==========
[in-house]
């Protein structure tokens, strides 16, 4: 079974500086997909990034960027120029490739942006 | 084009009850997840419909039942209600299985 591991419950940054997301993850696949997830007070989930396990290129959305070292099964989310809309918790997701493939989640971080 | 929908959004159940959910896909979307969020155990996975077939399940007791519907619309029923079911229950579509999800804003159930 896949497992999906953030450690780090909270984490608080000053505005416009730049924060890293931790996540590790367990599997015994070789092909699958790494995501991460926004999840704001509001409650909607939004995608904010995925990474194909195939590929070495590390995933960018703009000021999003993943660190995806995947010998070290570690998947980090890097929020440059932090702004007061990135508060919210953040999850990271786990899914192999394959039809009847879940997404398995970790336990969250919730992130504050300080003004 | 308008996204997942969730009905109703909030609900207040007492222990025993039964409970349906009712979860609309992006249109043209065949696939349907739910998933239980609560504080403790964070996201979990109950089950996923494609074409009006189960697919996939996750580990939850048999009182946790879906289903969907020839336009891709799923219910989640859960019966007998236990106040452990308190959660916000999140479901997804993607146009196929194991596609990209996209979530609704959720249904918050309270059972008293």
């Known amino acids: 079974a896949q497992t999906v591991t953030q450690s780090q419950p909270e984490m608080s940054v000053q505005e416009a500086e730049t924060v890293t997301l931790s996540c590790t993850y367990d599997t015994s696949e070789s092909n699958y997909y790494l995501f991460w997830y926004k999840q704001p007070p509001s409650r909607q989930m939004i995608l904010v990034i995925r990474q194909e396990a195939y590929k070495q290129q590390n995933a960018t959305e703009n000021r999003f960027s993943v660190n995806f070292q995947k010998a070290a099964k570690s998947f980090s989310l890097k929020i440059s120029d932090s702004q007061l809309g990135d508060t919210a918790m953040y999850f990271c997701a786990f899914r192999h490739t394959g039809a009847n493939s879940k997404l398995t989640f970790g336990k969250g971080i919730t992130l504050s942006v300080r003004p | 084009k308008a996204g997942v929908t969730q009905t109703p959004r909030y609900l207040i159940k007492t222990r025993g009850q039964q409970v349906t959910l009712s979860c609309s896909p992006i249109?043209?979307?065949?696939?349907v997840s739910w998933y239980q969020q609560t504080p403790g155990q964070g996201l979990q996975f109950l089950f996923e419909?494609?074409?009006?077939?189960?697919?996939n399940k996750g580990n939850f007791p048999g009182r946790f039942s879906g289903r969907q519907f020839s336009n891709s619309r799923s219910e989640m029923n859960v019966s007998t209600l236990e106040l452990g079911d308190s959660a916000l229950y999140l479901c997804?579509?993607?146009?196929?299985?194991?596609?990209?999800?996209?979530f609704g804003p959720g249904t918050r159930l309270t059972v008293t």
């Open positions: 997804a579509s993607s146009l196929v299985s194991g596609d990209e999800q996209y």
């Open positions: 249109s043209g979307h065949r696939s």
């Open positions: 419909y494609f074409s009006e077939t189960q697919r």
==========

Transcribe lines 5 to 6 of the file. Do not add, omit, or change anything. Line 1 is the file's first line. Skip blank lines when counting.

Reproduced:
């Open positions: 249109s043209g979307h065949r696939s």
């Open positions: 419909y494609f074409s009006e077939t189960q697919r």